Reader Question: We have been combing the market for several months, but nothing has hit on all cylinders until a new house came up yesterday and it has everything we need and more. It’s pushing our price limit at an asking price of $449,000. We met our agent to see it this morning, and it exceeded all expectations. I feel, and the agent said, that competition will probably be high for it. She suggested coming at them with our highest and best offer. We are underwritten for $456,000 and can't go any higher than that. We do want the house, but I don't want to offer more than the asking price if that is not a typical occurrence. Should we make the offer for $456,000 right out the gate?
Monty’s Answer: This is a question that will elicit different answers from most anyone you ask, and add confusion to the discussion. It is likely that you have already heard emotional answers in both directions. This situation calls for a pause.
Consider this thought
If you have to ask the question, you are not well prepared to buy this home or any home. Allow me to explain.
Revelations in your question
It has “everything we need and more.” This statement suggests that this home has additional features you have not seen. Does it contain more footage? Are there extra features or amenities? Is it in a slightly higher price range? If it is, it is likely all the homes in this range would exceed your expectations, and you should look at more of them.
You state you don’t want to pay over the list price, “if that is not a typical occurrence.” The list price represents a number the seller has agreed to list the property for sale, or any amount the seller is willing to accept. How the price was established is anybody’s guess and is not a relevant benchmark in making such a crucial decision.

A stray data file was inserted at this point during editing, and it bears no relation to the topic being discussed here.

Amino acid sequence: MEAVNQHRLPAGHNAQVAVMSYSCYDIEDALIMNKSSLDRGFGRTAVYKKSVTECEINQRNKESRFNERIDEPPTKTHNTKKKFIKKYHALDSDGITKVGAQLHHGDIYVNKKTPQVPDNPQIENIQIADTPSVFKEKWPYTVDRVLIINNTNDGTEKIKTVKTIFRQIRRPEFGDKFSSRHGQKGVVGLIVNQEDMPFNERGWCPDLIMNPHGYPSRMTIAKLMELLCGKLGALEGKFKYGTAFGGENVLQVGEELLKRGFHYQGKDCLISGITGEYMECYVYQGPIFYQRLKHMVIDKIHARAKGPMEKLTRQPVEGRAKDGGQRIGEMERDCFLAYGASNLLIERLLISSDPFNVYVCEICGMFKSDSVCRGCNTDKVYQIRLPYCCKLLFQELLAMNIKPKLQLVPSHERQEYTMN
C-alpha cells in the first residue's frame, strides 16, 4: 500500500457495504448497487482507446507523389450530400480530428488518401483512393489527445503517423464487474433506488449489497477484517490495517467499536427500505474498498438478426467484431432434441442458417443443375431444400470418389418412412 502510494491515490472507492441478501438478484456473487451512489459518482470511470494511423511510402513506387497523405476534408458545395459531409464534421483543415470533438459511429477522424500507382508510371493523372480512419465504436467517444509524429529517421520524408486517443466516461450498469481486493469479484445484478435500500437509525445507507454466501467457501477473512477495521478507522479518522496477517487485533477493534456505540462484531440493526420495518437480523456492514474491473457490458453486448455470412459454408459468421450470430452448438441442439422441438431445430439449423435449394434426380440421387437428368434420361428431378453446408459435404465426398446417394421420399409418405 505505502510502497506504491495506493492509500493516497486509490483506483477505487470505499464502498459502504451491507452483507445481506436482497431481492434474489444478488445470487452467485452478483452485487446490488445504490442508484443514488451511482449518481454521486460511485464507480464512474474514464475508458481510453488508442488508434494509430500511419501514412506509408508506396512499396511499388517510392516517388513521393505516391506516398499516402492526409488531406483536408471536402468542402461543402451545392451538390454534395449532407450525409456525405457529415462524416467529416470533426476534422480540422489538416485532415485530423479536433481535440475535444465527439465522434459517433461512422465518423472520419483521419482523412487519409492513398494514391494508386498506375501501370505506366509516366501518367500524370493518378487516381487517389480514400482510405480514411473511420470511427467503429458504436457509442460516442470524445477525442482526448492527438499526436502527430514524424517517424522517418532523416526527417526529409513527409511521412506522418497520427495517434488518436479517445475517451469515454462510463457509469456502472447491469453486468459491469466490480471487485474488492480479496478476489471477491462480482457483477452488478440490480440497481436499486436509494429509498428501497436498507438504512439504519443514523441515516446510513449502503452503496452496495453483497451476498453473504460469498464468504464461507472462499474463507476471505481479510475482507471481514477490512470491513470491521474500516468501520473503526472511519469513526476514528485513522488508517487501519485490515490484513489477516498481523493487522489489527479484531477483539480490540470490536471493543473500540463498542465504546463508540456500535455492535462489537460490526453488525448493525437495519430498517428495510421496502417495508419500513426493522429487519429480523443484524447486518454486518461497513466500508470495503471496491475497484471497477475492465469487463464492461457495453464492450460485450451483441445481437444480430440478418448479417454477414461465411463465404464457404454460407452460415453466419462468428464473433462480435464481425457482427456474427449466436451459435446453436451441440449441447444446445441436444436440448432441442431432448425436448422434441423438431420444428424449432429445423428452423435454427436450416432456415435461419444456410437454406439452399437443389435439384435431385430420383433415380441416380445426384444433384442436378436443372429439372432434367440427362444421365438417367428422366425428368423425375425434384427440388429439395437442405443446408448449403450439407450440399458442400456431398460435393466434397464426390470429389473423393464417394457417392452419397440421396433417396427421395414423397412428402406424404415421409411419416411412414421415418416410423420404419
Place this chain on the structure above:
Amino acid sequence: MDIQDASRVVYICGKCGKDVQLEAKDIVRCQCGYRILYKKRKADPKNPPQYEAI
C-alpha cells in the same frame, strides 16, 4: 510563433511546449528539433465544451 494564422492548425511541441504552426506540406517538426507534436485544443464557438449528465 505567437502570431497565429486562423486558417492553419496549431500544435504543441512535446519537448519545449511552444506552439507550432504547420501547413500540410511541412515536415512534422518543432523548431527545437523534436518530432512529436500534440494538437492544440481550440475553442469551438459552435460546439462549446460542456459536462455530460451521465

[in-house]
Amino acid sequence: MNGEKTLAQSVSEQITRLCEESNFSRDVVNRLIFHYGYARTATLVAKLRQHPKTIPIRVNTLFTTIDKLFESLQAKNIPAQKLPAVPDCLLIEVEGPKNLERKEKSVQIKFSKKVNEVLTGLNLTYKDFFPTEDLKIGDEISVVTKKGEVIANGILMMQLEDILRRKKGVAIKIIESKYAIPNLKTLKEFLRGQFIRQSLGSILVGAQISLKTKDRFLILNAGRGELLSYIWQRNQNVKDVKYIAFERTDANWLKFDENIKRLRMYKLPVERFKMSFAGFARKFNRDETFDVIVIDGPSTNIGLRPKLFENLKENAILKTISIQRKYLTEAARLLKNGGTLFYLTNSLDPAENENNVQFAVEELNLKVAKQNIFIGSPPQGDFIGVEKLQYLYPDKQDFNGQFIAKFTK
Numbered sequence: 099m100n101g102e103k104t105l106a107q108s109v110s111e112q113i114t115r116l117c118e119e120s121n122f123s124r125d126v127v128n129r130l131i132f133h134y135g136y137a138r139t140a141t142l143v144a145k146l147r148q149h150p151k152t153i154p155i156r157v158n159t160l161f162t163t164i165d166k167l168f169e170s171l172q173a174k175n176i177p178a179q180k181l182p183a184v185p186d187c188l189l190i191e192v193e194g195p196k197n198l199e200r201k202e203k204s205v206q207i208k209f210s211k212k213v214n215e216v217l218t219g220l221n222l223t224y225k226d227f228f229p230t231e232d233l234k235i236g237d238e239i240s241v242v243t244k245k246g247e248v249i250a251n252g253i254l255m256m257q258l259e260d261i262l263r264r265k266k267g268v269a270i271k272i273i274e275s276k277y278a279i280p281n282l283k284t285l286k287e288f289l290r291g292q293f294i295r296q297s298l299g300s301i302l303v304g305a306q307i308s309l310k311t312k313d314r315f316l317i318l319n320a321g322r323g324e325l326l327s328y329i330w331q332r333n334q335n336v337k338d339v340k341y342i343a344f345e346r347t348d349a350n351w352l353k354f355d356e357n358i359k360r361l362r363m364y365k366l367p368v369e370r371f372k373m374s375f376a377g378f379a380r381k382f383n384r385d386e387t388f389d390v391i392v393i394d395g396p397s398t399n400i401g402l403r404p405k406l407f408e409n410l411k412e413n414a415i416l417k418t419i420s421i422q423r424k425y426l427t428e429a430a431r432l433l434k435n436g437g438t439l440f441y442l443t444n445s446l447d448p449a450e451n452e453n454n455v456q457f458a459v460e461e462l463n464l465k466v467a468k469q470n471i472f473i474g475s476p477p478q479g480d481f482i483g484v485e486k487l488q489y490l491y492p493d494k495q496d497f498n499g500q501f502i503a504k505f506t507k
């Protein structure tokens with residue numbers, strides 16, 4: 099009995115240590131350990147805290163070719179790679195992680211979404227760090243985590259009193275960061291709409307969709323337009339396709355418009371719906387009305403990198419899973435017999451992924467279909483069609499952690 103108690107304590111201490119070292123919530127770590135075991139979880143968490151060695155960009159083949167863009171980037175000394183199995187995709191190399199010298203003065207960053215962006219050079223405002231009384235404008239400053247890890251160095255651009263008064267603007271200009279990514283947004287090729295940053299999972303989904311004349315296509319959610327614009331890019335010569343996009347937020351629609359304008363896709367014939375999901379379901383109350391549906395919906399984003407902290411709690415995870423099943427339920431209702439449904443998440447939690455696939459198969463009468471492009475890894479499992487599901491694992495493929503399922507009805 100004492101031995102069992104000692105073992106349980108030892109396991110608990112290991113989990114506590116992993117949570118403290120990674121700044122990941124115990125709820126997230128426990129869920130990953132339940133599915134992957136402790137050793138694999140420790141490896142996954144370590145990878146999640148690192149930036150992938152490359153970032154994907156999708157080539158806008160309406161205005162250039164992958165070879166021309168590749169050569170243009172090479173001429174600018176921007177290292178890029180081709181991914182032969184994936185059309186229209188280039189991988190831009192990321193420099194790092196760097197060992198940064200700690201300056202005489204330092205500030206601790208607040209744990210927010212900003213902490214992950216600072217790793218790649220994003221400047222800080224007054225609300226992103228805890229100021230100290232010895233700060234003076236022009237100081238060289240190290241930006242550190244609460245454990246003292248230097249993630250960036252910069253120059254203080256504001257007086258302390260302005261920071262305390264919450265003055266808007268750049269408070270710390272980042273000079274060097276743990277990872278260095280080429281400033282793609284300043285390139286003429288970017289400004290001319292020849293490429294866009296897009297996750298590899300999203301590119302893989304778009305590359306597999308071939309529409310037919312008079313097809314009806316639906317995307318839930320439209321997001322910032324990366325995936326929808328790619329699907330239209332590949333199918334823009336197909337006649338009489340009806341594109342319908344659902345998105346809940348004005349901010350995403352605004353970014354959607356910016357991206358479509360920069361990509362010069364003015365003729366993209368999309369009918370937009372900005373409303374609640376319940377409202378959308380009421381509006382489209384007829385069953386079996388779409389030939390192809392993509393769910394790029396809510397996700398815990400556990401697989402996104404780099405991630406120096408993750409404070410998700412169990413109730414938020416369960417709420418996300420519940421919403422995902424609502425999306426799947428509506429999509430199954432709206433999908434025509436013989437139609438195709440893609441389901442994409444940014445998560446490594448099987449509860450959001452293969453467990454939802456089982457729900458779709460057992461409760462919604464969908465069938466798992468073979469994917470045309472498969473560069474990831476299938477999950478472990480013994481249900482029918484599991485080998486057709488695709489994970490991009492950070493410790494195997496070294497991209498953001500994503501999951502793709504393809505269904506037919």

Like many homebuyers, you may be looking at homes by rote without knowledge of a critical technique necessary to prepare for the point in time you are now facing. Your number one job is to understand value. If you abdicate this function to anyone else, you are at considerable financial risk.
You have been “combing the market ” for a few months. It is unclear what activities have taken place. As it stands now, here you are, months into the search, at a critical time, and you don’t know what to do. You would know what to do if you had the necessary information, and it is available for the asking.
No one is to blame
Your agent may not know this technique herself. Her suggestion about “coming at them with your best offer,” suggests she does not know. Even if she did know, many agents do not understand the technique’s importance. Did she analyze the house and the market before making that statement? If she did not investigate, It is possible she is thinking she has a lot of time invested in you and she wants you to buy that house.The real estate industry as a whole has neither the time nor the inclination to educate you.
You need the answer to these two questions
— How many homes have sold in the past six months that would be competing with this house if they were on the market today? Your agent has that information at her fingertips, get it. If there are 30 homes in direct competition and 3 that were competing that sold in the past six months, those statistics suggest it may not be necessary to “come at them with your best offer.” If there are three homes in direct competition and 30 sales, making your best offer is statistically supported.
— What is the “range of value ” of this home? You must adjust the features of each sold home and net out the differences between them and the home you are considering. The individual MLS data sheets on the comparable sales describe the features of each house. Because each comparable has different features, the net adjustments on each property will result in a range-of-value when compared to the subject. This Dear Monty article http://bit.ly/2hPEqkF shows you how. If you had been practicing this technique during your search, you would be proficient in establishing a range of value for this home, and you could answer your own question. Knowledge is power.
— Richard Montgomery gives no nonsense real estate advice to readers most pressing questions. He is a real estate industry veteran who has championed industry reform for over a quarter century. Send him questions at DearMonty.com.